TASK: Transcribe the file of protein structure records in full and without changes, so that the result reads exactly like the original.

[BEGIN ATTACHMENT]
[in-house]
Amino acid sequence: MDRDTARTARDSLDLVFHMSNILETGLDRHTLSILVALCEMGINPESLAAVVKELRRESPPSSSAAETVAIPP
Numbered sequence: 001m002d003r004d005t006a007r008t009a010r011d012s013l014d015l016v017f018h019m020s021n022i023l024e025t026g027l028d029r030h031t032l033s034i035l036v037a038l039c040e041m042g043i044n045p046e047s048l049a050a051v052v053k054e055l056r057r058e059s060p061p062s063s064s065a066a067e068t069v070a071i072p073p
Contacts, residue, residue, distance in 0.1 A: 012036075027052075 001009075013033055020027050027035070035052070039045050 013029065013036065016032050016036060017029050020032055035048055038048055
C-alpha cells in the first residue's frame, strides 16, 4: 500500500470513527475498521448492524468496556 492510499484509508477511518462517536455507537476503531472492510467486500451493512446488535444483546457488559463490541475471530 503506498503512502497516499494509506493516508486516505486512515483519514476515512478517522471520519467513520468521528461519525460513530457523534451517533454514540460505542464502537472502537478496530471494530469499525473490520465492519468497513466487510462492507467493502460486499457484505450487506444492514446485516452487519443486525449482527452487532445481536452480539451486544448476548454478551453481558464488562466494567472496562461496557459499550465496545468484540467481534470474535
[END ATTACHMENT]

[in-house]
Amino acid sequence: MDRDTARTARDSLDLVFHMSNILETGLDRHTLSILVALCEMGINPESLAAVVKELRRESPPSSSAAETVAIPP
Numbered sequence: 001m002d003r004d005t006a007r008t009a010r011d012s013l014d015l016v017f018h019m020s021n022i023l024e025t026g027l028d029r030h031t032l033s034i035l036v037a038l039c040e041m042g043i044n045p046e047s048l049a050a051v052v053k054e055l056r057r058e059s060p061p062s063s064s065a066a067e068t069v070a071i072p073p
Contacts, residue, residue, distance in 0.1 A: 012036075027052075 001009075013033055020027050027035070035052070039045050 013029065013036065016032050016036060017029050020032055035048055038048055
C-alpha cells in the first residue's frame, strides 16, 4: 500500500470513527475498521448492524468496556 492510499484509508477511518462517536455507537476503531472492510467486500451493512446488535444483546457488559463490541475471530 503506498503512502497516499494509506493516508486516505486512515483519514476515512478517522471520519467513520468521528461519525460513530457523534451517533454514540460505542464502537472502537478496530471494530469499525473490520465492519468497513466487510462492507467493502460486499457484505450487506444492514446485516452487519443486525449482527452487532445481536452480539451486544448476548454478551453481558464488562466494567472496562461496557459499550465496545468484540467481534470474535